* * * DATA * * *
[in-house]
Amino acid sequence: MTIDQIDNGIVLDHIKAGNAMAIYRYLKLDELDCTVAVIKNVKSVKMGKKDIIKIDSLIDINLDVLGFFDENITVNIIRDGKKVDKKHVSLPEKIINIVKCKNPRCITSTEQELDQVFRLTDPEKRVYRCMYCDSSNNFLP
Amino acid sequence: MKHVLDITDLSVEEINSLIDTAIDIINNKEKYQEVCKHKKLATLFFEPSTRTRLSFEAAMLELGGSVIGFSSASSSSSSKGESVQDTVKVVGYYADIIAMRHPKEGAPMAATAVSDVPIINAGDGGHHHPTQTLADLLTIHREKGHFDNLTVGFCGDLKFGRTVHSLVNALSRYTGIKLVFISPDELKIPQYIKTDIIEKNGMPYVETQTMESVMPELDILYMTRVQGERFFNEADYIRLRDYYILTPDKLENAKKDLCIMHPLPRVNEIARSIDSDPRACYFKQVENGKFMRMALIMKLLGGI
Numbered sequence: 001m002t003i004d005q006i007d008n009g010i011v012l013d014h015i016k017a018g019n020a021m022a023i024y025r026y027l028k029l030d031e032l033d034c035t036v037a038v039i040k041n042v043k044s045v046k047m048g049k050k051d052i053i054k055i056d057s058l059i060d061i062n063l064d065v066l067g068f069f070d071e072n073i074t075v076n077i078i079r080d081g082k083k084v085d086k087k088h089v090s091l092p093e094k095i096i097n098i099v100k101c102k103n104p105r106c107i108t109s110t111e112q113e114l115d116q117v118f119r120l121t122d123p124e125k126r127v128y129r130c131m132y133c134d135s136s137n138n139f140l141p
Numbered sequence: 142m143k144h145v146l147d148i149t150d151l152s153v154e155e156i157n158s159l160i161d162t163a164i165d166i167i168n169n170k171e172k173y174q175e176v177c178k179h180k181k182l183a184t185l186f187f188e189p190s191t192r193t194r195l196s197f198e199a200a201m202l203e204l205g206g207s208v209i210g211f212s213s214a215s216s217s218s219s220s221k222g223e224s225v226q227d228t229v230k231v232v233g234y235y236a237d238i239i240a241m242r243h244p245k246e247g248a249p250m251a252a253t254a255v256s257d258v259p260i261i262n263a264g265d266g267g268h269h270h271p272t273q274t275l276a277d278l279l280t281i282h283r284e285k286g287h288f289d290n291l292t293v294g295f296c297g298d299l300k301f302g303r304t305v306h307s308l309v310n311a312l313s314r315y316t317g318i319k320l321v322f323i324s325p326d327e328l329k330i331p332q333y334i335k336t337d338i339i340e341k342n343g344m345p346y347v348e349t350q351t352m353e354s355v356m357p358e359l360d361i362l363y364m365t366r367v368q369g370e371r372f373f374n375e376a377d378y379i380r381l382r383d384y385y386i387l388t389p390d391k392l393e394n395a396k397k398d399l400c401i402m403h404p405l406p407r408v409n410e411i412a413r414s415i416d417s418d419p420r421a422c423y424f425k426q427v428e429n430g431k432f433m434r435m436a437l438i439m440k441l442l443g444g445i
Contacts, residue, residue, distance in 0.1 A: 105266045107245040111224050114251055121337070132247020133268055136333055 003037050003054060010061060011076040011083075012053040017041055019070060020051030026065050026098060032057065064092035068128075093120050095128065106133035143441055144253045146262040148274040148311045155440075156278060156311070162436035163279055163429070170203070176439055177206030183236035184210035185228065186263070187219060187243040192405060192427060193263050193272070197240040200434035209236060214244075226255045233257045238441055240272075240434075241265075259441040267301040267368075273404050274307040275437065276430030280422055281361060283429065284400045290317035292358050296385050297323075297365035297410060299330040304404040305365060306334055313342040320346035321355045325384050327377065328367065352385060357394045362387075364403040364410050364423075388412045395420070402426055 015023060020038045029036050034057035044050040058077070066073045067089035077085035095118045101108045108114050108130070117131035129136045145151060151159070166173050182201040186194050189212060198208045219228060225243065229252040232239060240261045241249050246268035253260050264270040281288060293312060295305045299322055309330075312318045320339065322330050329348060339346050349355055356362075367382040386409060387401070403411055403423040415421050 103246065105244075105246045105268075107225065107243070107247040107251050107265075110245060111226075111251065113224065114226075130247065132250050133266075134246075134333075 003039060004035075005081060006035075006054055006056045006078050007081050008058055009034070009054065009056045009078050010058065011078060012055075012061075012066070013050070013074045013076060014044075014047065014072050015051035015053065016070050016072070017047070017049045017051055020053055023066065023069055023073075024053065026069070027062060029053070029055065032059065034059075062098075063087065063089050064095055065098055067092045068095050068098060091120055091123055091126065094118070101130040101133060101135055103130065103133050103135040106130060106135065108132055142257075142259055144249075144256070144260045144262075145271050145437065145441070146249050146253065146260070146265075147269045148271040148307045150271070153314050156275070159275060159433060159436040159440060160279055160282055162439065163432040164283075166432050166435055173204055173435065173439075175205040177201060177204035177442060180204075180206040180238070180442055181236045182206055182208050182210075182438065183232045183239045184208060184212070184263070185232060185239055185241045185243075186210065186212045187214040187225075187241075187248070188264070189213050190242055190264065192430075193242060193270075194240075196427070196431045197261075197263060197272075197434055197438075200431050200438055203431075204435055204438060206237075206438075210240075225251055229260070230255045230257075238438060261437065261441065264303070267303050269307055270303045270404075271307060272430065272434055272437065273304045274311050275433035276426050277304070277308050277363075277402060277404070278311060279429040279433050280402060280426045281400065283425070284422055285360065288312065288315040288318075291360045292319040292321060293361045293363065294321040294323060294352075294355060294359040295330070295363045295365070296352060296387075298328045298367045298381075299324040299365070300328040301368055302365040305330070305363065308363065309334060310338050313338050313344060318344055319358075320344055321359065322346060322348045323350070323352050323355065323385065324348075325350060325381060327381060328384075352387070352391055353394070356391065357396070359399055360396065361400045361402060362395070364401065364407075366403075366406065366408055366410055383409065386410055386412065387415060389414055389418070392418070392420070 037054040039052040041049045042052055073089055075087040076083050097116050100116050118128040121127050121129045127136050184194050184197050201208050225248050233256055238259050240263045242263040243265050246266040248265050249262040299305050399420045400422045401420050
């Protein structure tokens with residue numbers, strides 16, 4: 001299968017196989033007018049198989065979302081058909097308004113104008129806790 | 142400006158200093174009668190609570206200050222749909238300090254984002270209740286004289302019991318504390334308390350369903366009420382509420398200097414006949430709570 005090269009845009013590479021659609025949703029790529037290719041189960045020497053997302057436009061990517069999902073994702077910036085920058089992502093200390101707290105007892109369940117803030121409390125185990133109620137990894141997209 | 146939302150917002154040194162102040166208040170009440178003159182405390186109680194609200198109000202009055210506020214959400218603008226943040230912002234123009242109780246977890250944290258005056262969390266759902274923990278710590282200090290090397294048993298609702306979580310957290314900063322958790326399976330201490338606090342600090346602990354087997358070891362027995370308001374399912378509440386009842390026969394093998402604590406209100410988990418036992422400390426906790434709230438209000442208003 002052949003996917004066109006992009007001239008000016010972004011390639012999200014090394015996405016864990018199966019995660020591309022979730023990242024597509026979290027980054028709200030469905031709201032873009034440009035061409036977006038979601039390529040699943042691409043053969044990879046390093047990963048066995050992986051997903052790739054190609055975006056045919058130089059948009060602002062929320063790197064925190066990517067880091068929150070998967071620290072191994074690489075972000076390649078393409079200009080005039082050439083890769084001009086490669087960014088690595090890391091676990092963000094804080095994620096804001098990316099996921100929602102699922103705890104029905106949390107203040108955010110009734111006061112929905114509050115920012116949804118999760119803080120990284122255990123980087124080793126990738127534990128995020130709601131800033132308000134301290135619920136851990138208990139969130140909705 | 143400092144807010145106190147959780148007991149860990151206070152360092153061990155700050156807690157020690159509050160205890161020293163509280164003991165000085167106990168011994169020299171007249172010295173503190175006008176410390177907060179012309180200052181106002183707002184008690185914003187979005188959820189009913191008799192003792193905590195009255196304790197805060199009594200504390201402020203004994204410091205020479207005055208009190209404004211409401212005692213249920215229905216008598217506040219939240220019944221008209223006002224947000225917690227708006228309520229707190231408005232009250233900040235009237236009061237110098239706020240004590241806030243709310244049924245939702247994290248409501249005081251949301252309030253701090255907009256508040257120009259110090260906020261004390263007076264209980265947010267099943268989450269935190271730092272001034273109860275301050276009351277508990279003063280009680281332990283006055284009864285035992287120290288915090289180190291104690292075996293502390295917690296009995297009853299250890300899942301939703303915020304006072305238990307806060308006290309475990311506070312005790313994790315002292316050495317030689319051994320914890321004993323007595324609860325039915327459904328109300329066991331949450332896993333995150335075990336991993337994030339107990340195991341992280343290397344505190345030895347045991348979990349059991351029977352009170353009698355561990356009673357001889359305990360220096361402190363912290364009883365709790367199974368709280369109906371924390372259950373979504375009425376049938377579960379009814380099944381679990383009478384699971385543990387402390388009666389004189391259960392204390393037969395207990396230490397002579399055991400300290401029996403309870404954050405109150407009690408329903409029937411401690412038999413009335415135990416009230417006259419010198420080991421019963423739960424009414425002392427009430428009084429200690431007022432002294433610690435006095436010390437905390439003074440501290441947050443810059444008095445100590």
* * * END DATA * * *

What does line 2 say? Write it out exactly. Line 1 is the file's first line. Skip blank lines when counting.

Amino acid sequence: MTIDQIDNGIVLDHIKAGNAMAIYRYLKLDELDCTVAVIKNVKSVKMGKKDIIKIDSLIDINLDVLGFFDENITVNIIRDGKKVDKKHVSLPEKIINIVKCKNPRCITSTEQELDQVFRLTDPEKRVYRCMYCDSSNNFLP